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MMJ1153 – COMPUTATIONAL METHOD IN SOLID MECHANICS

B – REVIEW OF 1-D PROBLEMS (part1)

REVIEW OF 1-D PROBLEMS M.N. Tamin, CSMLab, UTM 1


MMJ1153 – COMPUTATIONAL METHOD IN SOLID MECHANICS

Course Content:

A – INTRODUCTION AND OVERVIEW


Numerical method and Computer-Aided Engineering; Physical
problems; Mathematical models; Finite element method;.

B – REVIEW OF 1-D FORMULATIONS


Elements and nodes, natural coordinates, interpolation function, bar
elements, constitutive equations, stiffness matrix, boundary
conditions, applied loads, theory of minimum potential energy; Plane
truss elements; Examples.

C – PLANE ELASTICITY PROBLEM FORMULATIONS


Constant-strain triangular (CST) elements; Plane stress, plane
strain; Axisymmetric elements; Stress calculations; Programming
structure; Numerical examples.

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MMJ1153 – COMPUTATIONAL METHOD IN SOLID MECHANICS
We wish to use FEM for solving the following problems:
(It is more efficient to solve these problems analytically)

x
Calculate displacement of bar
ABC, take E = 200GPa

10 kN x

δ = 2 x 10-2 mm

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MMJ1153 – COMPUTATIONAL METHOD IN SOLID MECHANICS

ELEMENTS and NODES


Element features: Bar element
 shape.
 number of nodes
 number and type of nodal
variables (dof)

Triangular
element

Tetrahedral
element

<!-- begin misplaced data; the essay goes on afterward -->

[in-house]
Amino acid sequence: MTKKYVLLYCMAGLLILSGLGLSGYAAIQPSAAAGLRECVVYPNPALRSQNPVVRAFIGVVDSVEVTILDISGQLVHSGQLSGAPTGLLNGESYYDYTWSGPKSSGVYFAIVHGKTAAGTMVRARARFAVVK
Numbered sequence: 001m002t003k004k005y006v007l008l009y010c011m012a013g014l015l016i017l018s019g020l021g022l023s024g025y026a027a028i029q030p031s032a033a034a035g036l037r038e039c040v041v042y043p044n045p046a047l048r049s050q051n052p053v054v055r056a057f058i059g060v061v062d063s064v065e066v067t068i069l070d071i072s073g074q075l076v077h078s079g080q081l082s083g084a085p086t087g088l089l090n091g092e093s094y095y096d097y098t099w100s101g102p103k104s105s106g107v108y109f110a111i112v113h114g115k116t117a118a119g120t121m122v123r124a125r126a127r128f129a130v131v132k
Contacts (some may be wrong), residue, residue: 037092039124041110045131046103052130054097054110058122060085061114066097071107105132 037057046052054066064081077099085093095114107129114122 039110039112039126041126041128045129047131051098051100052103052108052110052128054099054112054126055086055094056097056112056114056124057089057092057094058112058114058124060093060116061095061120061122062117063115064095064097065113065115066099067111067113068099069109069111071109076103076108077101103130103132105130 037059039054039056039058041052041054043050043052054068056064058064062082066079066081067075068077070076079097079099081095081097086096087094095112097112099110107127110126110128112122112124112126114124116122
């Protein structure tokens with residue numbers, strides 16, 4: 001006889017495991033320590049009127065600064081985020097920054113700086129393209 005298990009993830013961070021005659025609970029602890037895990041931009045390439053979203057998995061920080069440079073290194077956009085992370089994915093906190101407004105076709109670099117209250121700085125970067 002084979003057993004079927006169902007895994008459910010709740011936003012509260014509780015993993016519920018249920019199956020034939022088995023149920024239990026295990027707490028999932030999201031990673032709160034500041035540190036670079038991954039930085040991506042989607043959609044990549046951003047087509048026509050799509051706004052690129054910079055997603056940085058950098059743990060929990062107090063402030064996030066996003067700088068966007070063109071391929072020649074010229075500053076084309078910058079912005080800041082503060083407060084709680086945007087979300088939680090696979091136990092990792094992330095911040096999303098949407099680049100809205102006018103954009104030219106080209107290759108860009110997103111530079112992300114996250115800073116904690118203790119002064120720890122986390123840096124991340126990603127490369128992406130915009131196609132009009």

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MMJ1153 – COMPUTATIONAL METHOD IN SOLID MECHANICS

ELEMENTS and NODES


Number of nodes assigned to an element depends on:
 Types of nodal variables
 Types of interpolation function
 Degree of continuity required

Hexahedral
element

Quadrilateral
element

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MMJ1153 – COMPUTATIONAL METHOD IN SOLID MECHANICS

NATURAL COORDINATES IN 1-D


To describe location of a point inside an element in terms of nodal coordinates.

 A local coordinate system


 Coordinates ranges from zero to unity
 A function of the global Cartesian coordinate

x = N1 x1 + N 2 x2
1− ξ  1+ ξ 
=  x1 +   x2
 2   2 
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MMJ1153 – COMPUTATIONAL METHOD IN SOLID MECHANICS

NATURAL COORDINATES (2-D)

4 (x4 ,y4) η
y 3 (x3 ,y3) (-1,1) 4 3 (1,1)
1
ζ
(x1 ,y1)
2 (x2 ,y2) (-1,-1) 1 2 (1,-1)
x

Global Cartesian coordinate (x , y) Natural coordinate (ζ , η)

 Relies on the element geometry for its definition


 Coordinates ranges from zero to unity
 A function of the global Cartesian coordinate

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MMJ1153 – COMPUTATIONAL METHOD IN SOLID MECHANICS

INTERPOLATION FUNCTION

A prescribed function to represent the variation of unknown field


variables within the element in terms of known nodal variables.

Linear shape functions are defined:


1− ξ 1+ ξ
N1 (ξ ) = and N 2 (ξ ) =
2 2

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MMJ1153 – COMPUTATIONAL METHOD IN SOLID MECHANICS

INTERPOLATION FUNCTION

Functions used to represent the behavior of a field variable within an element.


 Also called shape functions or approximating functions.
 Polynomials are widely used because they are relatively easy to manipulate.

φ = ∑ N i φi = N {φ }

Ni = interpolation functions

 Interpolation functions chosen must meet certain continuity requirements to


ensure:
- Continuity of field variables
- Convergence to correct solution as element size decreases.
 Interpolation functions must have geometric isotropy.

The expansion remains unchanged under linear transformation from one Cartesian